Fraud Prevention and Detection
Fraud risks remain elevated. As such, the NCUA will continue our efforts to review internal controls and separation of duties. In 2023, the agency will also implement a management questionnaire designed to enhance the identification of fraud red flags, material supervisory concerns, or other potential new risks to which your credit union may be exposed.

This questionnaire will help protect credit unions and reduce potential losses to the Share Insurance Fund. The questionnaire will be sent to credit unions in the pre-examination planning stage for all full-scope exams along with the Items Needed List, including on joint exams with State Supervisory Authorities (SSAs). Credit unions only need to complete one questionnaire per examination. If an SSA uses a similar questionnaire, the federal and state examiners will coordinate to decide which questionnaire the credit union will complete to reduce duplication.

Credit unions will typically receive the questionnaire through MERIT’s survey function, and the credit union CEO or another senior executive will complete, sign, and then return the questionnaire through MERIT’s survey function. Examiners will review the credit union’s responses in the pre-examination planning process to refine the scope of the examination, as appropriate.

For more fraud prevention resources, visit the NCUA’s Fraud Prevention Resources page.

Information Security (Cybersecurity)
Cybersecurity risks remain a significant, persistent, and ever-evolving threat to the financial system. Credit union technology-related operating environments are increasing in complexity. Your credit union can protect itself with a cybersecurity program that evolves and adapts to the changing threat environment.

The NCUA will continue to have cybersecurity as an examination priority. Examiners will evaluate whether credit unions have established adequate information security programs to protect members and the credit union. To strengthen the examination process for cybersecurity, the NCUA developed and tested updated Information Security Examination procedures tailored to institutions of varying size and complexity. Examiners will use these new procedures in 2023.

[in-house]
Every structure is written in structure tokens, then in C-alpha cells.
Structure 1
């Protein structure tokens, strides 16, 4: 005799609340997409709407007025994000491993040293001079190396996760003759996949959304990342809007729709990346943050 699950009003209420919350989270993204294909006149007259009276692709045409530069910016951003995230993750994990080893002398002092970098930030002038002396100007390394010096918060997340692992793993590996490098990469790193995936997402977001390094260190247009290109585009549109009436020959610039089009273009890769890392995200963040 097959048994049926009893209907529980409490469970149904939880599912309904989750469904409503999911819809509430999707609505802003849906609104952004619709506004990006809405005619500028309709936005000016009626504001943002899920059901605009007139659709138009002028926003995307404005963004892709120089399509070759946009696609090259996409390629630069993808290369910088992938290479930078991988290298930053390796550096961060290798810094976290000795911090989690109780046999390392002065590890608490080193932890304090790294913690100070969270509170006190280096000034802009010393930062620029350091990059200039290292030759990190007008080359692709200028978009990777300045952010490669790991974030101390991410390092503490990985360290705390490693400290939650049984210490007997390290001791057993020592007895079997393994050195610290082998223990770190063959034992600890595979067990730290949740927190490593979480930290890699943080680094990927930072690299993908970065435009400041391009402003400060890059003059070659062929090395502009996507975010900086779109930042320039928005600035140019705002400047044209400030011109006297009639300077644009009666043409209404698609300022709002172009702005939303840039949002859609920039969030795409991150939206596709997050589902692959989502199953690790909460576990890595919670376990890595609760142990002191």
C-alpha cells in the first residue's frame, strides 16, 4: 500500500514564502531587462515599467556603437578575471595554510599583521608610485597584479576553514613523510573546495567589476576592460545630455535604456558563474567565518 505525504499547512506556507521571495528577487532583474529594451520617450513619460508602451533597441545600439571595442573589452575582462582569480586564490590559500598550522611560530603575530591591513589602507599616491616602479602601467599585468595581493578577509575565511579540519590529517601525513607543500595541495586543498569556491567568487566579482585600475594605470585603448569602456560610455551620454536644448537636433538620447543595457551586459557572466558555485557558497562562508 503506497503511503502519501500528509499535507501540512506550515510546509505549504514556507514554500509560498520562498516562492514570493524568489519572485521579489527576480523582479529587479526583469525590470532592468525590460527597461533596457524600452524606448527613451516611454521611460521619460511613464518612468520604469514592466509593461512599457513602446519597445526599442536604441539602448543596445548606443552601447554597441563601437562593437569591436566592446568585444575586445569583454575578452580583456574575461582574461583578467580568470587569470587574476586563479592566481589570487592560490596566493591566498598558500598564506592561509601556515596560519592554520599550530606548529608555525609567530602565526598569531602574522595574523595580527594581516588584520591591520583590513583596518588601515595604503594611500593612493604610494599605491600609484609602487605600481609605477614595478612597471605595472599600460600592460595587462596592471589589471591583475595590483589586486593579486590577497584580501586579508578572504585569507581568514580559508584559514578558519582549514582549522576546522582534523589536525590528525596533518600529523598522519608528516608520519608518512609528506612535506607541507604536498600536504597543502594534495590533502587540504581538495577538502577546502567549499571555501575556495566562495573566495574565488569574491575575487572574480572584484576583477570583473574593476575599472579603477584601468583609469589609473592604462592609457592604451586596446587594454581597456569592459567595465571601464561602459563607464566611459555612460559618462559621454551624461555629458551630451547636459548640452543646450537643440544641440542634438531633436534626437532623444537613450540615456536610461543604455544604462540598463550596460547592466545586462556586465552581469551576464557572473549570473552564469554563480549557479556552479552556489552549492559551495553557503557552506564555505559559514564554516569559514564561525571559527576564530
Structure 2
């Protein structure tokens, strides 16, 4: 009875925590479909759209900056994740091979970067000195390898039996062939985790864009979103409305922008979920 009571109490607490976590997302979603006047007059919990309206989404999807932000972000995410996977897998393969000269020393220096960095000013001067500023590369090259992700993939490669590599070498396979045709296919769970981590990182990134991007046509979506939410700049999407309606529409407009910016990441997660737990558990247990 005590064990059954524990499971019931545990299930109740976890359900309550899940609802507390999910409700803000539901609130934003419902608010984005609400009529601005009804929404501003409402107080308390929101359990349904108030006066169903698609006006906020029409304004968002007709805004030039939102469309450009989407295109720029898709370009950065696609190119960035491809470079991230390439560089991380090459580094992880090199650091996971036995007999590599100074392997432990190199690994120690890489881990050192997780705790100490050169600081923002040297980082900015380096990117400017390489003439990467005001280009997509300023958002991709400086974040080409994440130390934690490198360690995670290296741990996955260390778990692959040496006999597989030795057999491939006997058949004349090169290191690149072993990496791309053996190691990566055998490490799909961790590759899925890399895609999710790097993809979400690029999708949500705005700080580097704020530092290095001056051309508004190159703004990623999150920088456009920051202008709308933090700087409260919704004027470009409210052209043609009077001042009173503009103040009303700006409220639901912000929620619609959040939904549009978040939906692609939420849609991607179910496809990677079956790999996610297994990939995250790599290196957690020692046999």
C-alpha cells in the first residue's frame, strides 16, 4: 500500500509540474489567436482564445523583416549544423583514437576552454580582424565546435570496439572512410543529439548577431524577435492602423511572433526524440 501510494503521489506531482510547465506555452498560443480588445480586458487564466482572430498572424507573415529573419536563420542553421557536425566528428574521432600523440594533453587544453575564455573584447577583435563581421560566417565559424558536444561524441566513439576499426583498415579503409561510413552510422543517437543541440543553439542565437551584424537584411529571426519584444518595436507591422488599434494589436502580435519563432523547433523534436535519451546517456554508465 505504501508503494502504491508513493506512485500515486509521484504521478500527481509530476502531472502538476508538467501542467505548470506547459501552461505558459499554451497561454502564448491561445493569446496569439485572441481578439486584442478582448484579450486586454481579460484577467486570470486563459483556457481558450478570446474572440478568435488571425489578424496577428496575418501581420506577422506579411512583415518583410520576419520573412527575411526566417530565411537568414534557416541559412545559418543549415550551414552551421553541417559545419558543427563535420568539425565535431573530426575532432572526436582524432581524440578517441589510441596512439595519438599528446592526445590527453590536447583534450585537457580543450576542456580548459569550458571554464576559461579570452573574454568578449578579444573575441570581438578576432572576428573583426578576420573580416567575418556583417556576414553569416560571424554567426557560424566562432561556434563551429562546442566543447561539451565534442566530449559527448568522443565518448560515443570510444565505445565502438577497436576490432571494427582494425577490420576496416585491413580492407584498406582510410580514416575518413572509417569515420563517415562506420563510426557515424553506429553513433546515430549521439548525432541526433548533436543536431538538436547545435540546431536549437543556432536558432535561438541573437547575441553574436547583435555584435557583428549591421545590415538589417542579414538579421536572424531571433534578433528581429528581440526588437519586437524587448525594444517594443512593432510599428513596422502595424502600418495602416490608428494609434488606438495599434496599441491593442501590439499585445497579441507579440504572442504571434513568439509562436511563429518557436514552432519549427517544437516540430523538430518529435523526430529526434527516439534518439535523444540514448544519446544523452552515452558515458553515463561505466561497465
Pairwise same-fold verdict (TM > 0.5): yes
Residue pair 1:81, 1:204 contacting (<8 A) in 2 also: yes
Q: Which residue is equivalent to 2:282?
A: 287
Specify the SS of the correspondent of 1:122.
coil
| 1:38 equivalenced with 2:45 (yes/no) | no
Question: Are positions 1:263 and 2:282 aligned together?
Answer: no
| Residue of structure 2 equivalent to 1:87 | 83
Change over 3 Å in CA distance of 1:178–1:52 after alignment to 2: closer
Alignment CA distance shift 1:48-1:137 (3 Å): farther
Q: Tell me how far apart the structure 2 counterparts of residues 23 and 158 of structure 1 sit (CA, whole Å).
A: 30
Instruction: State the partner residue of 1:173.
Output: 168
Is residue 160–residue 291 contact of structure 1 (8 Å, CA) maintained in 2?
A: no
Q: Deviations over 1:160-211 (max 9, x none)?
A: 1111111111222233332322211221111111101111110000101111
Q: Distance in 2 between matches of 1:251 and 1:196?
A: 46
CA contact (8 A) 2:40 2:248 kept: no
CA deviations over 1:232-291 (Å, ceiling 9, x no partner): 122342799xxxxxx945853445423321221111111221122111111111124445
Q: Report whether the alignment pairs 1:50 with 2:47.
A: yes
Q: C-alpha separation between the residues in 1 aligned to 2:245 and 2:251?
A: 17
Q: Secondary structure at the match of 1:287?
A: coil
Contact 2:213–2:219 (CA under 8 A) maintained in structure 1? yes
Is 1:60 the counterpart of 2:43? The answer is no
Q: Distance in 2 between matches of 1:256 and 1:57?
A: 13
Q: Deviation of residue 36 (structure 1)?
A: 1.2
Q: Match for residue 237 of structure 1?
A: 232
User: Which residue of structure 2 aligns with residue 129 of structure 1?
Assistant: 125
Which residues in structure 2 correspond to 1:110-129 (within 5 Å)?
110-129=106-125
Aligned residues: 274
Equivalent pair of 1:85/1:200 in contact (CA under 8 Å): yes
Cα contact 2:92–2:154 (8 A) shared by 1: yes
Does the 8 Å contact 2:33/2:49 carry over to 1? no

Additionally, credit unions are encouraged to remain very vigilant and continue to adapt their ability to respond to evolving cybersecurity threats. Your credit union may conduct voluntary, cybersecurity self-assessments using the Automated Cybersecurity Evaluation Toolbox. The toolbox works in coordination with and will prepare you for an Information Security Examination.

For more cybersecurity information and resources, including the new examination procedures, visit the NCUA’s Cybersecurity Resources webpage.

Consumer Financial Protection
The NCUA will continue to review compliance with applicable consumer financial protection laws and regulations for federal credit unions that the NCUA has under its consumer financial protection supervision authority. Examiners will continue to review your credit union’s compliance with Flood Disaster Protection Act requirements, including disclosure requirements, as we continue to evolve our understanding of the impact of climate-related financial risk on credit unions, credit union members, and the Share Insurance Fund.

Examiners will also consider trends in violations identified through examinations and member complaints, emerging issues, and any recent changes to regulatory requirements to establish priorities. Accordingly, in 2023 examiners will focus on areas related to:

  • Overdraft programs.
  • Fair lending, including review of residential real estate appraisals for any bias.
  • The Truth in Lending Act.
  • The Fair Credit Reporting Act.

In 2022, examiners requested information about a credit union’s policies and procedures governing its overdraft programs. In 2023, examiners will expand the review of credit unions’ overdraft programs, including website advertising, balance calculation methods, and settlement processes. The NCUA will also evaluate any adjustments credit unions have made to their overdraft programs to address consumer compliance risk and potential consumer harm from unanticipated overdraft fees.

Regarding fair lending, examiners will review policies and practices for steering or loan pricing discrimination risk factors.2 In addition, examiners will assess a credit union’s policies and practices related to residential real estate appraisals and conduct a tailored file review to evaluate the consistency, fairness, and accuracy of the appraisals a credit union obtains.

Examiners will additionally evaluate compliance with Truth in Lending Act requirements and disclosures related to auto lending for certain credit unions that have experienced high auto loan growth over the past year. Examiners will also review credit reporting protections under the Fair Credit Reporting Act related to furnishing, adverse action notices, risk-based pricing, and consumer rights disclosures.

Current Expected Credit Loss Implementation
Credit unions are required to implement the Financial Accounting Standards Board’s Accounting Standards Update No. 2016-13, Topic 326, Financial Instruments – Credit Losses, commonly referred to as Current Expected Credit Loss (CECL) for financial reporting years starting after December 15, 2022. Most credit unions adopted CECL on January 1, 2023.